How to fix ‘no boot device found’ on Dell and Lenovo systems

How to fix ‘no boot device found’ on Dell and Lenovo systems

The ‘no boot device found’ issue can be particularly troublesome and lock users out of their Windows OS environments. It isn’t a common issue, but if you’re reading this, it might have affected one of your PC systems. By following this step-by-step guide, you can fix this common issue in Dell and Lenovo systems.

Troubleshooting steps

To get you back up and running ASAP, we have created a list of troubleshooting steps you can try:

  1. Check your hardware and connected devices and peripherals.
  2. Check the BIOS boot sequence.
  3. Check BIOS boot options.
  4. Does your system have a usable built-in recovery mode?
  5. Run Windows recovery tools from an optical disk or USB media.

Now for a deeper look at the above solutions:

Step 1. Check Your Hardware, Connected Devices and Peripherals

Have you made any changes to your computer in the recent past that could have caused this 'no boot device identified' error to occur? It is possible that you may have opened up your personal computer and upgraded or added a component, which has caused your system to be unable to start up. When adding or upgrading components, it is all too simple to disrupt a functioning system.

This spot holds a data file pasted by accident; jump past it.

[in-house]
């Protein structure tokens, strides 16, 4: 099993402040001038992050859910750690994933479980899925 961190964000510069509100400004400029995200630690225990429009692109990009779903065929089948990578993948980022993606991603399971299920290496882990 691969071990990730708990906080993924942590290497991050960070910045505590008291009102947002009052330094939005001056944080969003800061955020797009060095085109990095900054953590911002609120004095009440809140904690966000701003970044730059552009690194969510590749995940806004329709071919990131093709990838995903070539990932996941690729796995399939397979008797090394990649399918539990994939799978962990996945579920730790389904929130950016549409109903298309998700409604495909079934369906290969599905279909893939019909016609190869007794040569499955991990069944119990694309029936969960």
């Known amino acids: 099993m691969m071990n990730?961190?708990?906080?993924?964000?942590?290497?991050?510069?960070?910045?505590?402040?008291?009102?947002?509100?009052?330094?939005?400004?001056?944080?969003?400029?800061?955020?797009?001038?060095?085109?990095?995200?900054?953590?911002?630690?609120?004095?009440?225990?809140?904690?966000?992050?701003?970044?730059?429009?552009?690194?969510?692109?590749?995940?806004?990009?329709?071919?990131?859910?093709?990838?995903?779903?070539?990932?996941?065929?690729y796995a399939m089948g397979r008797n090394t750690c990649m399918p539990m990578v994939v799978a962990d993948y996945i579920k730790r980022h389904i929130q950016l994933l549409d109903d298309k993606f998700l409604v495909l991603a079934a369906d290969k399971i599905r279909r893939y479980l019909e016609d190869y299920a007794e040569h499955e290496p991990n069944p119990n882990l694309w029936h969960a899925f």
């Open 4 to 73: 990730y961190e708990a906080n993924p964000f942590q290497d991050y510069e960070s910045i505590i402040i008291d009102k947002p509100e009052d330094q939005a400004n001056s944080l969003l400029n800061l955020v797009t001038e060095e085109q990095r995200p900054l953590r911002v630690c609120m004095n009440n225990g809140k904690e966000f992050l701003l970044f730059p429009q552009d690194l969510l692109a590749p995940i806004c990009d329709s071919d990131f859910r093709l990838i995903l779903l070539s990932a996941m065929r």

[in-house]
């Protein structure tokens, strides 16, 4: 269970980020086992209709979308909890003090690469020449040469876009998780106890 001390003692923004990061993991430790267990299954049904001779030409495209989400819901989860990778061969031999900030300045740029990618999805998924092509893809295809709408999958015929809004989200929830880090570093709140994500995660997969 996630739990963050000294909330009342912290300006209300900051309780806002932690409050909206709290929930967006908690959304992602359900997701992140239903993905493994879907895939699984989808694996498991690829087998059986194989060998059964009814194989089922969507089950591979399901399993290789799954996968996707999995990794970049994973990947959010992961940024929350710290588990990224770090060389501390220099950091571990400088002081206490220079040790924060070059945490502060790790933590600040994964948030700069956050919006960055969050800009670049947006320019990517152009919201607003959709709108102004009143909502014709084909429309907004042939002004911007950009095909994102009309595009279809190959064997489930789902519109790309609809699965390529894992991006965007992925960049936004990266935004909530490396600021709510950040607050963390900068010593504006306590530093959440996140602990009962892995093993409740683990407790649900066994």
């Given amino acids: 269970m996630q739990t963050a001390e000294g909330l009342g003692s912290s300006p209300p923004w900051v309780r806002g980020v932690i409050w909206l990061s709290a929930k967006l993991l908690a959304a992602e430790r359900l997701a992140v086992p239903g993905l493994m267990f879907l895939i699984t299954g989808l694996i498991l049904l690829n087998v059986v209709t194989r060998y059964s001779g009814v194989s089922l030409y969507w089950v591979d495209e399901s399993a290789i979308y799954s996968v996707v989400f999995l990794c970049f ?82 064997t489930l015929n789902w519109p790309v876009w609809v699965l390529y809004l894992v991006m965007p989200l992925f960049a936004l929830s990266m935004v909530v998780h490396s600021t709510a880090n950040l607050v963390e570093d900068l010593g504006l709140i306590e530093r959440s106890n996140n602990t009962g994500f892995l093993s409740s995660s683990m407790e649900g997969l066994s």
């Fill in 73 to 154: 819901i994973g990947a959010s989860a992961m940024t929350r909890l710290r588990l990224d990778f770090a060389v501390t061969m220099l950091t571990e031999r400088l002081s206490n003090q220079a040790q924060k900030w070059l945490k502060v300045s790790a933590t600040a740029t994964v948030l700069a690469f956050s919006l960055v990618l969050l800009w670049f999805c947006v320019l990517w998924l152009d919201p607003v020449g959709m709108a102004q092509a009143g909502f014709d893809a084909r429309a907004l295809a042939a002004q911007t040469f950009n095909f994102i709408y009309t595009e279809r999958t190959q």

Try removing all peripherals from the device, turn it off, and then back on. The reason for this is that it is easy to boot from an installation or recovery disk, should one be inserted before the system is powered on. However, corrupted media attached to a system could stop a normal boot sequence and precipitate the ‘no boot device found’ issue.

  1. You may be able to fix your system by reversing any recent hardware changes or upgrades you may have made. Next, try to restart the computer.
  2. Make sure to check all your connections are firm and fully seated. If your PC starts working again, you should be able to add your changes back. Keep in mind that you should check your PC after each update.
  3. If you still have an issue with your PC, try disconnecting all but the bare minimum of peripheral devices. A system can also get confused and show the ‘no boot device found’ error if it becomes overladen with peripherals.

Some systems may already have the BIOS boot sequence set. This means that before starting from the typical SSD or HDD fixed storage device holding the OS, it might try to boot from an external device. This can include devices like optical drives, USB drives, or even a network drive.